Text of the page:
I did it!  I participated in my first Picture Book Idea Month (PiBoIdMo), and I ended the month of November with 30 different ideas for a picture book.  Some are really lame, some are just okay, and a few are really, really good.  I can’t wait to get started on my first manuscript.  Plus, I learned some really valuable lessons to share with kids about generating ideas!  Winner, winner!

Participation in Coaching Cycles

I recently received the following comment:

Thank you! I visited your blog and have started following you as I found your coaching entries interesting! We are trying to figure out what our coaching model will look like and after listening to Jim Knight last week, your post makes a lot of sense. How does your district, or department, decide who will be in your coaching cycle? We are attempting to solidify our own priority pool and would love to hear how others are making it work! Thank you!

The short answer is coaching cycles are voluntary and offered on a first-come, first-serve basis.  Here is a longer answer:

Early in the year at a staff meeting, I always re-introduce the concept of coaching.  I briefly discuss the purpose of a coach and how coaching typically looks in the classroom.  Our school has had a literacy coach in the building for at least eight years, so coaching is not a new concept to most of our staff.  After a brief review, I offer each literacy teacher a sign-up slip.  They must complete the slip right there at the staff meeting, either volunteering for a coaching cycle or respectfully declining at this time.  I ask them to make their choice and hand me the sheet on their way out the door.  This adds a small amount of pressure and insures 100% completion.  This year, the slip looked like this:

Coaching Cycle Sign-Up Slip

Coaching Cycle Sign-Up Slip

This usually provides me with at least enough participants to begin a first round of coaching cycles.  Since coaching is offered first come, first serve, I save the “yes” slips which don’t get chosen.  These will eventually become my second (or third) round participants.

In the past, I have left flyers in staff mailboxes when I know I’m coming up to another round of cycles:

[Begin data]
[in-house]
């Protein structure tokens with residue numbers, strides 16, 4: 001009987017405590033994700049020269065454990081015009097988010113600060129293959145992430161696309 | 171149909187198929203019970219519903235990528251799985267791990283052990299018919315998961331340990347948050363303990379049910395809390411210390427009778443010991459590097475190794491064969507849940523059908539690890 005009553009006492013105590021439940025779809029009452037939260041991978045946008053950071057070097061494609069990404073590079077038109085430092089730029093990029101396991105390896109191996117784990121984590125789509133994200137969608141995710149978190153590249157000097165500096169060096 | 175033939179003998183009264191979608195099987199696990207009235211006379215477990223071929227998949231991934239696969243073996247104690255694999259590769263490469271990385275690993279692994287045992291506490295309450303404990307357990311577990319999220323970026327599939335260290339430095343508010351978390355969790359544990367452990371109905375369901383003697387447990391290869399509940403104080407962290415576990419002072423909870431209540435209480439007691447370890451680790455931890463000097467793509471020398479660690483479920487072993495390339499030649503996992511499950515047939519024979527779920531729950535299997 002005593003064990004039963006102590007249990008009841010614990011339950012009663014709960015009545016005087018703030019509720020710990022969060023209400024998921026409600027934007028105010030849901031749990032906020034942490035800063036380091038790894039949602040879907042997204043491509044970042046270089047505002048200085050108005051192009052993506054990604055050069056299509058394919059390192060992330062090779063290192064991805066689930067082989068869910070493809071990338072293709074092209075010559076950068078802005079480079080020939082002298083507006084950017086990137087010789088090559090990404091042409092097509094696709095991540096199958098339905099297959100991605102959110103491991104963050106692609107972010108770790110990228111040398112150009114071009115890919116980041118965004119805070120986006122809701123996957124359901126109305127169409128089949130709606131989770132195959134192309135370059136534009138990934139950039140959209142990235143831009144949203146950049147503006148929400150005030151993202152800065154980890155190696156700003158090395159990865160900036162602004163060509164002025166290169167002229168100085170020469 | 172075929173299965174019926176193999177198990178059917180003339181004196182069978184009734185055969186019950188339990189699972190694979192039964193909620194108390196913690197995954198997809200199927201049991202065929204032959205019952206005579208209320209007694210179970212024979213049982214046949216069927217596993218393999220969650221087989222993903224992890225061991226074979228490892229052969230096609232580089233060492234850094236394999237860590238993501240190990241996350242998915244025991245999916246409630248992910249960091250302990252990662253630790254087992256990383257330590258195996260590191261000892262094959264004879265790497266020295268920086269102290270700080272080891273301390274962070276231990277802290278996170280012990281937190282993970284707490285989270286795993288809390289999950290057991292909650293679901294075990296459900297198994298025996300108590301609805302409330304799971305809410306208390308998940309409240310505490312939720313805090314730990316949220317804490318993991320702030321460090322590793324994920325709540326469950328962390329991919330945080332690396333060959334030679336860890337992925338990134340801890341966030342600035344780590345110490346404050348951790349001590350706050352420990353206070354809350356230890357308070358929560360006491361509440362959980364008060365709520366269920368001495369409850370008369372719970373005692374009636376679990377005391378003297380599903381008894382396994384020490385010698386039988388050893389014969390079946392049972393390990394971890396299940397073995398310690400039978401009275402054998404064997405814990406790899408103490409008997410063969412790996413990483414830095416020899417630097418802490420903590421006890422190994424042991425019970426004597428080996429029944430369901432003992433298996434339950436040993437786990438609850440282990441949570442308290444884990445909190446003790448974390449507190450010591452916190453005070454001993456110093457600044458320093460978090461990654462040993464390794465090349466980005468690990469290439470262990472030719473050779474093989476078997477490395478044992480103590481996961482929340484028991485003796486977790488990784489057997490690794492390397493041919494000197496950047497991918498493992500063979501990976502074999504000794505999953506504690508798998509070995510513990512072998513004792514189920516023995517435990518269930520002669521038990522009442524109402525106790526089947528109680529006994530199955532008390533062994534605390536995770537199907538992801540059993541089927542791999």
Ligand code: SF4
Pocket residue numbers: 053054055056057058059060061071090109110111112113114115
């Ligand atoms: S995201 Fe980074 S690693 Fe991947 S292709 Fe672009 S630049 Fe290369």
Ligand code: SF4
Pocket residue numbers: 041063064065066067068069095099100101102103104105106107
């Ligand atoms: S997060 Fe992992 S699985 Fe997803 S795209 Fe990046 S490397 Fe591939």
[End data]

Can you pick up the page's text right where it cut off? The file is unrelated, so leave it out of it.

Top Ten


I also keep an ongoing list on my Google Drive of every coaching opportunity that arises during the year.  At a staff meeting, during a study group, or even in the copy room…if a teacher approaches me with a question or a comment about anything literacy related, I add it to my list.  If I am ever looking for coaching opportunities, I will use this list as a conversation-starter and to get my foot in the door.

Although I am always encouraging participation, sign-up itself is completely voluntary.


Starting ANew (And Some Secrets)

I just started my second round of coaching cycles.  This first week is about getting to know the kids and getting comfortable in each classroom.  To start on solid ground, I want to make sure I have the following established with each teacher:

  • our focus for the cycle
  • data to pre-assess
  • understanding of how we will interact together

Cycle #1: 2nd grade (veteran teacher)

Focus: A Writing Fiction Unit
Pre-Assessment: We will use their first attempt at a fictional book along with the rubric attached to the writing unit.
Working Together: We will decide each week during our weekly planning time.  Right now, I am teaching.

A secret: This teacher is hard for me to read.  She does not show disappointment or excitement about our work.  This is making me anxious in her room.

Cycle #2: 4th grade (veteran teacher)

Focus: To hone her conferring skills
Pre-Assessment: Her own observations and self-reflection.  She “already feels better” after 3 lessons.